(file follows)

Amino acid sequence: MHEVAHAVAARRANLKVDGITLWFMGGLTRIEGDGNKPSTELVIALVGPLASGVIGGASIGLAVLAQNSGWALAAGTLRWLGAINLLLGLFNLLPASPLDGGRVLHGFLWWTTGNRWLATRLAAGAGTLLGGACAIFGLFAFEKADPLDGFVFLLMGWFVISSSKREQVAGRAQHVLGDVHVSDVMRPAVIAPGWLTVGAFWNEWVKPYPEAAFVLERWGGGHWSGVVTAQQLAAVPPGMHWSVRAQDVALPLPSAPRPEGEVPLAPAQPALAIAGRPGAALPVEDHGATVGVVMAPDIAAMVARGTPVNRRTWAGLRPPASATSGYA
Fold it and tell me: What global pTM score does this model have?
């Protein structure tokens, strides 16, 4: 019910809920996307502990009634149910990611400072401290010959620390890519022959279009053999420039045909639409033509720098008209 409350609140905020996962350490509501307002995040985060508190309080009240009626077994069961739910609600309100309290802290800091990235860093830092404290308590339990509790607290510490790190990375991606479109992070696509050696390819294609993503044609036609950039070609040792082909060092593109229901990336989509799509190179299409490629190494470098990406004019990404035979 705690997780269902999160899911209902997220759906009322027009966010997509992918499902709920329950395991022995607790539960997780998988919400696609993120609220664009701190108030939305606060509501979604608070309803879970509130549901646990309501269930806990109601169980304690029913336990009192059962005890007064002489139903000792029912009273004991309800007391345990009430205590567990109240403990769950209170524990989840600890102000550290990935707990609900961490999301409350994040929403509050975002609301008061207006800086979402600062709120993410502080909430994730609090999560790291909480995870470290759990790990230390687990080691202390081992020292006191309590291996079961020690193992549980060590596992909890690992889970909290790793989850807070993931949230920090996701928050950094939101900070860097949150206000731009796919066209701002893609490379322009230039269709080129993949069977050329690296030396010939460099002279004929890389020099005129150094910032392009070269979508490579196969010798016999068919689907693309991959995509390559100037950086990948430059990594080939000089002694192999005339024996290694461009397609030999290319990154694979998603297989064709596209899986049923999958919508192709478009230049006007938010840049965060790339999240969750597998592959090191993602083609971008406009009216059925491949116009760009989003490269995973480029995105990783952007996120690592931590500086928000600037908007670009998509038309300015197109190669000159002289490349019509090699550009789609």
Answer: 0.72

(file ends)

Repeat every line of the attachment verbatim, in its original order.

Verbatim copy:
Amino acid sequence: MHEVAHAVAARRANLKVDGITLWFMGGLTRIEGDGNKPSTELVIALVGPLASGVIGGASIGLAVLAQNSGWALAAGTLRWLGAINLLLGLFNLLPASPLDGGRVLHGFLWWTTGNRWLATRLAAGAGTLLGGACAIFGLFAFEKADPLDGFVFLLMGWFVISSSKREQVAGRAQHVLGDVHVSDVMRPAVIAPGWLTVGAFWNEWVKPYPEAAFVLERWGGGHWSGVVTAQQLAAVPPGMHWSVRAQDVALPLPSAPRPEGEVPLAPAQPALAIAGRPGAALPVEDHGATVGVVMAPDIAAMVARGTPVNRRTWAGLRPPASATSGYA
Fold it and tell me: What global pTM score does this model have?
């Protein structure tokens, strides 16, 4: 019910809920996307502990009634149910990611400072401290010959620390890519022959279009053999420039045909639409033509720098008209 409350609140905020996962350490509501307002995040985060508190309080009240009626077994069961739910609600309100309290802290800091990235860093830092404290308590339990509790607290510490790190990375991606479109992070696509050696390819294609993503044609036609950039070609040792082909060092593109229901990336989509799509190179299409490629190494470098990406004019990404035979 705690997780269902999160899911209902997220759906009322027009966010997509992918499902709920329950395991022995607790539960997780998988919400696609993120609220664009701190108030939305606060509501979604608070309803879970509130549901646990309501269930806990109601169980304690029913336990009192059962005890007064002489139903000792029912009273004991309800007391345990009430205590567990109240403990769950209170524990989840600890102000550290990935707990609900961490999301409350994040929403509050975002609301008061207006800086979402600062709120993410502080909430994730609090999560790291909480995870470290759990790990230390687990080691202390081992020292006191309590291996079961020690193992549980060590596992909890690992889970909290790793989850807070993931949230920090996701928050950094939101900070860097949150206000731009796919066209701002893609490379322009230039269709080129993949069977050329690296030396010939460099002279004929890389020099005129150094910032392009070269979508490579196969010798016999068919689907693309991959995509390559100037950086990948430059990594080939000089002694192999005339024996290694461009397609030999290319990154694979998603297989064709596209899986049923999958919508192709478009230049006007938010840049965060790339999240969750597998592959090191993602083609971008406009009216059925491949116009760009989003490269995973480029995105990783952007996120690592931590500086928000600037908007670009998509038309300015197109190669000159002289490349019509090699550009789609």
Answer: 0.72